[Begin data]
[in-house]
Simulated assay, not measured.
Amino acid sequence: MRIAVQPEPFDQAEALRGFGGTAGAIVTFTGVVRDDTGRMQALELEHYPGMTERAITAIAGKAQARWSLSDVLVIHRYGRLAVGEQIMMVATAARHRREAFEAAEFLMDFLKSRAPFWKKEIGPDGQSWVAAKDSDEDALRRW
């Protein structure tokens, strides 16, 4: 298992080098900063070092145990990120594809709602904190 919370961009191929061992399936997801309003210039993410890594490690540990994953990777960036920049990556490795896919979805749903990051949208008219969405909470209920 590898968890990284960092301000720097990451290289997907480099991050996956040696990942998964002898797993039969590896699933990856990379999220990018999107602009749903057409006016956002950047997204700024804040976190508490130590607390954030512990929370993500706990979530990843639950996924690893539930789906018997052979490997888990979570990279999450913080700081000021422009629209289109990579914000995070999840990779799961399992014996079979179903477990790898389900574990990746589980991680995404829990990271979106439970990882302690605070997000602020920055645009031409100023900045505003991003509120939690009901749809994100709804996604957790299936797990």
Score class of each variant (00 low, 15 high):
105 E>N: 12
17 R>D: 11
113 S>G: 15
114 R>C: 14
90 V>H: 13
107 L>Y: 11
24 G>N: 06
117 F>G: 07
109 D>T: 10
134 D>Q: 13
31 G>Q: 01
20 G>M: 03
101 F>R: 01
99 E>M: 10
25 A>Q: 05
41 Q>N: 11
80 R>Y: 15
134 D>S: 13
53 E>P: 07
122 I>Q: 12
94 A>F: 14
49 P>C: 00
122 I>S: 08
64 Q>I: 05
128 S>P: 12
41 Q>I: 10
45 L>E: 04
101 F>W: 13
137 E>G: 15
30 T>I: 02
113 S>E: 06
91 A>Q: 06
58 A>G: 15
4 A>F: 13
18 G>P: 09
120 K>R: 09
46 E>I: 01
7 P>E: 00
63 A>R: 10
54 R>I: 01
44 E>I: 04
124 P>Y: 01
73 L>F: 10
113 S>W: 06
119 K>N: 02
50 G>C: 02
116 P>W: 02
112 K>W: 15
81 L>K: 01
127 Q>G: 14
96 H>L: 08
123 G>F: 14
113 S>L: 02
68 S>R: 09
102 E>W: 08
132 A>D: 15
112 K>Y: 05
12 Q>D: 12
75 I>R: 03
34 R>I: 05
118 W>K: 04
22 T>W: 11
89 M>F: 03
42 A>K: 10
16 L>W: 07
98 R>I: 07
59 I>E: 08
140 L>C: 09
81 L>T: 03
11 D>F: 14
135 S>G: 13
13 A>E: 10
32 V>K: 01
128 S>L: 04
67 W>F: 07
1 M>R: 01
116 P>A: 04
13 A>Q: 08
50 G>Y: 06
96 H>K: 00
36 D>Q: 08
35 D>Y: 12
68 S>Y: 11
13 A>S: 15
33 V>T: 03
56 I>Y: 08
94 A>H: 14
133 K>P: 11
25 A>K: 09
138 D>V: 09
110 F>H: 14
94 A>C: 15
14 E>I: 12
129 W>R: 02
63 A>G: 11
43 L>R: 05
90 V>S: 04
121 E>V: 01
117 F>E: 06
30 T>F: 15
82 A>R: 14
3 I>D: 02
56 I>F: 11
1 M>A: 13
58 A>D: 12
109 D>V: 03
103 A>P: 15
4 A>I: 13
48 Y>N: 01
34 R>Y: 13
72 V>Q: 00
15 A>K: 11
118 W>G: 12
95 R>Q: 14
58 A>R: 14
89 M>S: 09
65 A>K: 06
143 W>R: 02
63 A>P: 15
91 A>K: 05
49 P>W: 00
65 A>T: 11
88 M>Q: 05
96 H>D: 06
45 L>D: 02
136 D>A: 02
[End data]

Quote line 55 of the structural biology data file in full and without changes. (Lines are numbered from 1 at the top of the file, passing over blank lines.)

127 Q>G: 14